Welcome To The
Benton County, Arkansas
Cooperative Extension Service
We are part of the University of Arkansas Cooperative Extension Service's statewide network and the University of Arkansas System's Division of Agriculture. Our mission is to provide research-based information through non-formal education to help all Arkansans improve their economic well-being and the quality of their lives. Whether it is agriculture, 4-H, health and living, or community development, the Benton County Extension Office is at your service!
Family & Consumers
According to the county health rankings, Benton County is ranked the healthiest county in Arkansas. Although there are many resources available to assist individuals and families, there are areas that need improvement. A large percentage of children and families receive assistance to meet their nutrition and health needs. Through Extension Family & Consumer Science programs, individuals and families learned to prepare healthier meals and increase physical activity to promote a healthy lifestyle. Through the SNAP-Ed programs, six hundred and eighty-one adults and children learned to plan and prepare healthy meals and snacks to include a variety of fruits, vegetables and whole grains. Of the 71 participants in Cooking Matters classes, 49 adopted one or more food resource practices and 24 used nutrition labels to make healthier food choices. Through other nutrition and health programs, participants reported they adopted healthy eating habits, increased fruit and vegetable consumption and adopted healthier behaviors. Wellness class participants improved flexibility, strength and balance. To learn how to live well or for more information about these programs, contact Susan Pickle, Family & Consumer Science agent at the Benton County office.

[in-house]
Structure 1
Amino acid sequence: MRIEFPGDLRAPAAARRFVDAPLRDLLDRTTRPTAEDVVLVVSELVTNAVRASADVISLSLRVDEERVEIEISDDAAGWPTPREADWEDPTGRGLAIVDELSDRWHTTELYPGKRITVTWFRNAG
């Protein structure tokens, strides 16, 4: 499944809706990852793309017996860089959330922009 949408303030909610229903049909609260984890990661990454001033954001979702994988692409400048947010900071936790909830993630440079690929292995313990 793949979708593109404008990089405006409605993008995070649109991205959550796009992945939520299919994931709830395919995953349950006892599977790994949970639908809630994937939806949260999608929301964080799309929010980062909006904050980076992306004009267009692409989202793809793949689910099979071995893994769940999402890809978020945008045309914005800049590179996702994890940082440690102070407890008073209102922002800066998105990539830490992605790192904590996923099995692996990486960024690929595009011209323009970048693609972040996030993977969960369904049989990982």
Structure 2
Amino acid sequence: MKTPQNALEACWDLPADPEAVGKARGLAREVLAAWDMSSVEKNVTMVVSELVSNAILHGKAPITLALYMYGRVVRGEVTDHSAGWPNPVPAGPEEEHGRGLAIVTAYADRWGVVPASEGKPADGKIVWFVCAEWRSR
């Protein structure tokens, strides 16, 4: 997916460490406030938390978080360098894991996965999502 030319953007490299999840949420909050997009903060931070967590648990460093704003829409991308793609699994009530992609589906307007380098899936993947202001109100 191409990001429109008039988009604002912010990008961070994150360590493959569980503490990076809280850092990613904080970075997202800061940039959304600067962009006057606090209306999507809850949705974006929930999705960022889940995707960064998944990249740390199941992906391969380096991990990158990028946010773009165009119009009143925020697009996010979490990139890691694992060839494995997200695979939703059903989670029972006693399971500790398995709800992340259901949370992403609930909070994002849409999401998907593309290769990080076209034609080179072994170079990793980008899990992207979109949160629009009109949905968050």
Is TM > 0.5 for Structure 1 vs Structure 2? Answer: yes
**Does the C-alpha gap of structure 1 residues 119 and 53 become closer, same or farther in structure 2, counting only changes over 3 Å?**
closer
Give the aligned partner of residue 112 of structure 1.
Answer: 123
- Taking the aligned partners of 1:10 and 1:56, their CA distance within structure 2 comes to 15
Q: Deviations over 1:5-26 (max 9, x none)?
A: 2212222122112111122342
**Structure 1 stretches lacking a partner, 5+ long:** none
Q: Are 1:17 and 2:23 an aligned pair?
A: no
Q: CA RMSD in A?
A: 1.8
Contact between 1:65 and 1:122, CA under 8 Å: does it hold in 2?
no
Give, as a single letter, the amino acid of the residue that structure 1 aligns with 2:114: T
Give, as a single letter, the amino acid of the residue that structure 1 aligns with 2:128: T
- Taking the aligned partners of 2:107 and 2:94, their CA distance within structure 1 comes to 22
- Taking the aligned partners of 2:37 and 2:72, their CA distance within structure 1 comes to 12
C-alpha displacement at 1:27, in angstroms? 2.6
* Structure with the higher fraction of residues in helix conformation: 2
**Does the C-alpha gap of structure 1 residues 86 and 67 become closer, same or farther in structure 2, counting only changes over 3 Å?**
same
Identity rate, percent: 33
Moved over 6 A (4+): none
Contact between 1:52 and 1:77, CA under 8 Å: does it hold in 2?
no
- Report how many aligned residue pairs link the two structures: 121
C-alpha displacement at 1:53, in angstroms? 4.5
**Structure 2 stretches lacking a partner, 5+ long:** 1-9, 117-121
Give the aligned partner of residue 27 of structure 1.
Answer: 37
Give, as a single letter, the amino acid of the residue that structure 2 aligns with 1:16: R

Photo: Healthy Eating with MyPlate nutrition program presented to child care providers in 2013.
Gardening & Landscaping
The Master Gardener program in Benton County is one of the largest in Arkansas. In 2013 the statewide conference was hosted by Benton County. Over 100 Benton County Master Gardeners assisted in the support and operation of the conference which included about 650 visitors from around the state. Sponsors, primarily local, provided about 19 percent of the conference budget. The trade show, the largest in conference history, included 27 vendors. The show, which opened on Thursday, was open to the public through Saturday for everyone to enjoy. Overall economic impact to Northwest Arkansas is estimated at $300,000 - $400,000.
The horticulture programs are not just Master Gardener oriented, but available to everyone. The University of Arkansas Cooperative Extension Service Benton County assists county residents with information needed to safeguard the environment as they maintain healthy lawns, beautiful landscapes and productive vegetable gardens. We also take our program into the schools and outdoor classroom settings to enhance the learning process through hands-on educational projects. For more information contact Neal Mays, CEA-Horticulture.
Photo: Information helps grow healthy gardens.
Livestock & Forage
Boasting the state's top agriculture economy, Benton County has a long history of elevating the economic importance of diverse commodities. Apples, tomatoes, beef and dairy cattle, pork, poultry and all essential service/supply, agri-business and agri-agency support required by each serves to fill the pages of Benton County history. In this exciting county, a new page is written each day as urban horticulture and small farm interests continue to expand along with the population, recognized as one of the most rapid growing in the state. All levels of agriculture (commercial, home and hobby) continue to search for opportunities to harmonize economic, productive and aesthetical methods with environmental and regulatory changes.